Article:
→ To find the value of a 5-minute increment, you need to divide 3 \(\frac{3}{4}\) by 5 since 25 minutes is five 5-minute increments. This is finding the unit rate for a 5-minute increment.

→ Why were 5-minute time increments chosen?

→ 5-minute time increments were chosen for a few reasons. First, a clock can be separated into 5-minute intervals, so it may be easier to visualize what fractional part of an hour one has when given a 5-minute interval. Also, 5 is the greatest common factor of the two given times.

→ What if the times had been 24 and 32 minutes or 18 and 22 minutes? How would this affect the time increments?

→ If the times were 24 and 32 minutes, then the time increment would be 8-minute intervals. This is because 8 is the greatest common factor of 24 and 32.

→ If the times were 18 and 22 minutes, then the comparison should be broken into 2-minute intervals since the greatest common factor of 18 and 22 is 2.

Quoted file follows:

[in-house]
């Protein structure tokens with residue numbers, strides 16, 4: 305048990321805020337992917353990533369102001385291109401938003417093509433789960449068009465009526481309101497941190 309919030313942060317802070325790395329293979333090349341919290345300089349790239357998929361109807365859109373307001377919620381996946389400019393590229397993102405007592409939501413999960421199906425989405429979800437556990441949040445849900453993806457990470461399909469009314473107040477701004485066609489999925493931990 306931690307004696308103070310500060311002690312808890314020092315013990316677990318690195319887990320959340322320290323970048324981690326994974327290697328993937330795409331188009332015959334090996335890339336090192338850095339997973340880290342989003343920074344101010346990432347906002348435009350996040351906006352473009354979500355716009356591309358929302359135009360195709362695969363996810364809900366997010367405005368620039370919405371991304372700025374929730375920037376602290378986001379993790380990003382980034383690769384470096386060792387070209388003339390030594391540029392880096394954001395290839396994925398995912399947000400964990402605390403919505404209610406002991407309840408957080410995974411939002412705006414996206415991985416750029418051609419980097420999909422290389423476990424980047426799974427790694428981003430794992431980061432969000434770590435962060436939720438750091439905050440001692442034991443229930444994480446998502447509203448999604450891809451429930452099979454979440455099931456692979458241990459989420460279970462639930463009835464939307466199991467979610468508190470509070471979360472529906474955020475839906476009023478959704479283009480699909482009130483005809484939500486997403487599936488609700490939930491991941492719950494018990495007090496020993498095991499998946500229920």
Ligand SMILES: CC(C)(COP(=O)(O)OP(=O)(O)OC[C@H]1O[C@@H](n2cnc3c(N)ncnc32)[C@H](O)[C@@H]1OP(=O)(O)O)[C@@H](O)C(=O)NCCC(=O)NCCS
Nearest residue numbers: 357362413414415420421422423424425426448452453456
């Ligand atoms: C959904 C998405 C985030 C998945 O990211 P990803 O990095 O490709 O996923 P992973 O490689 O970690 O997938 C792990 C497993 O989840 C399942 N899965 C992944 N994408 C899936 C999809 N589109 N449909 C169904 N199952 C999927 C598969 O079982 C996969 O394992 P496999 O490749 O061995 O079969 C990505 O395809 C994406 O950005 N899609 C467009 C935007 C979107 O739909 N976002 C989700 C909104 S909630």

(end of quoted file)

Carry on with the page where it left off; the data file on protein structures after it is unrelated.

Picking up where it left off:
Double Number Line Approach:

Example 2

Is Meredith Correct?

A turtle walks \(\frac{7}{8}\) of a mile in 50 minutes. What is the unit rate when the turtle’s speed is expressed in miles per hour?

a. To find the turtle’s unit rate, Meredith wrote the following complex fraction. Explain how the fraction \(\frac{5}{6}\) was obtained.

Answer:

To determine the unit rate, Meredith divided the distance walked by the amount of time it took the turtle. Since the unit rate is expressed in miles per hour, 50 minutes needs to be converted to hours. Since 60 minutes is equal to 1 hour, 50 minutes can be written as \(\frac{50}{60}\) hours, or \(\frac{5}{6}\) hours.

→ How can we determine the unit rate? We need a denominator of 1 hour. Right now, the denominator is \(\frac{5}{6}\) hours.